Humans have always been fascinated by bird migration, a natural phenomenon which sees half the world's avian population making amazing journeys in spring and autumn. Recently I watched a flock of knot and bar-tailed godwit feeding at Montrose Basin and was reminded of the spectacular long distance migrations that these two species make.
Knot are about the size of a blackbird and in winter are grey-looking with white underparts. They feed mainly on molluscs in which the basin is rich. Watching birds on an estuary is always enhanced by a flock of knot, tilting and wheeling in close formation. On a bright day their aerial manoeuvres are quite spectacular as the shimmering mass of bodies catches the sun.
Around 70 per cent of the race Islandica spend the winter in the UK. During April and May these birds will fly to Iceland then on to the east and west coast of Greenland to breed. Thousands more will travel even further, flying over Baffin Bay to secure their breeding territories in Arctic Canada.
Before their migration starts, they will gorge on molluscs and may double their body weight to sustain them during their long hops between coasts and estuaries. Their winter plumage of grey and white is transformed in summer to brick red feathers on their head, neck, chest and belly with their back and wings taking on a black and beige spangled appearance - a handsome bird indeed. Populations of knot are widespread and can be found in South America, South Africa and Australasia.
Bar-tailed godwits are long legged waders with long slightly upturned bills. They are halfway between redshank and curlew in size and often feed in deeper water for lugworms, ragworms and shrimps. Their winter plumage is greyish-brown and like knot they look a different bird in summer with their dark rufous head, chest and belly.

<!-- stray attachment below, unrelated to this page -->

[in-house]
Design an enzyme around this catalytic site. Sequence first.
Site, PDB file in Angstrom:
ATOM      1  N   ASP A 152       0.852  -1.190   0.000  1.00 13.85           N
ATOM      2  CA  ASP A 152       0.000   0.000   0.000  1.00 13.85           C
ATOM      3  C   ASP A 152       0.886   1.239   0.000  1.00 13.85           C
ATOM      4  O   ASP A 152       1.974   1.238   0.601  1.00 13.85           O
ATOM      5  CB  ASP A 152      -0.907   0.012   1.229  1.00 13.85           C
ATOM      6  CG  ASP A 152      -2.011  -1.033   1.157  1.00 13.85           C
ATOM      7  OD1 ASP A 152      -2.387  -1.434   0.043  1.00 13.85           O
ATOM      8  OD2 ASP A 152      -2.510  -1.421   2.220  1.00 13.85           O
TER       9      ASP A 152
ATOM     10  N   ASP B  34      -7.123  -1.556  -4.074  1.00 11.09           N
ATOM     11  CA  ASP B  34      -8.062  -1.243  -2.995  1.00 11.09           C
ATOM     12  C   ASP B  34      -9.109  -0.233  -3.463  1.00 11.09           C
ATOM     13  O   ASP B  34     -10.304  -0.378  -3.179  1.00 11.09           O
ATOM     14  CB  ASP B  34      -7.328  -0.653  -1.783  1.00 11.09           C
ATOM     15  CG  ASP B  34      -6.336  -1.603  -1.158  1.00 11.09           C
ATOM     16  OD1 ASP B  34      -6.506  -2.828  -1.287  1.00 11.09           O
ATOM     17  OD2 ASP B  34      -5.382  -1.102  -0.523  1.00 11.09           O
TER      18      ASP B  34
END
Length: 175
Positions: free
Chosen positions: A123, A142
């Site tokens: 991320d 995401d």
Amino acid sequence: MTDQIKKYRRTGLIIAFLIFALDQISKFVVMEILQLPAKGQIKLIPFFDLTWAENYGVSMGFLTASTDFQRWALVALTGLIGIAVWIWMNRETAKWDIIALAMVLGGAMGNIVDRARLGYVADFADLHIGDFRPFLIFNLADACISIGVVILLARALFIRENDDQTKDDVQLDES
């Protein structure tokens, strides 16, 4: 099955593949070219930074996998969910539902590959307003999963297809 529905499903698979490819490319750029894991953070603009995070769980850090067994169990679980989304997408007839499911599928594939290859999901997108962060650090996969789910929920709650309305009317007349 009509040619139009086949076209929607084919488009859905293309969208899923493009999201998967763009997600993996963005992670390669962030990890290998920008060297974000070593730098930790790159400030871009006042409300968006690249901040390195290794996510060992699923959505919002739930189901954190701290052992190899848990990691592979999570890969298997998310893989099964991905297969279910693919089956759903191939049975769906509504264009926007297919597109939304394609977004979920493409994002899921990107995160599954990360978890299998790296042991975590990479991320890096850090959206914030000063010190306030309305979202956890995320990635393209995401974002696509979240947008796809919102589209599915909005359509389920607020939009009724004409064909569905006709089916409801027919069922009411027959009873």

In spring they will leave the UK and head along the west coast of continental Europe and on to Scandinavia and northern Russia to breed. Some Alaskan breeders fly all the way to New Zealand for the winter. A female bird fitted with a satellite tracking device has gone in to the record books by flying non-stop from Alaska to New Zealand over the Pacific Ocean.
The 7,300 mile journey took eight days and was completed without any food being eaten as these birds cannot feed on the wing. Miranda, as she was named, (after the New Zealand village where her tracking device was fitted) became a media celebrity during her eight-day journey and the bells of Christchurch cathedral were rung when her amazing flight of endurance was completed.
Before their pre-flight migration, bar-tailed godwits become morbidly obese, like butterballs covered in feathers. They can also internally absorb portions of their organs which are not required during the flight. This leaves space within their bodies to take on extra fat. On reaching their winter quarters the organs will regenerate and become fully operational again. Quite amazing really.
We marvel at what has already been discovered about life on our planet and I am sure Mother Nature has many more secrets tucked under her wing.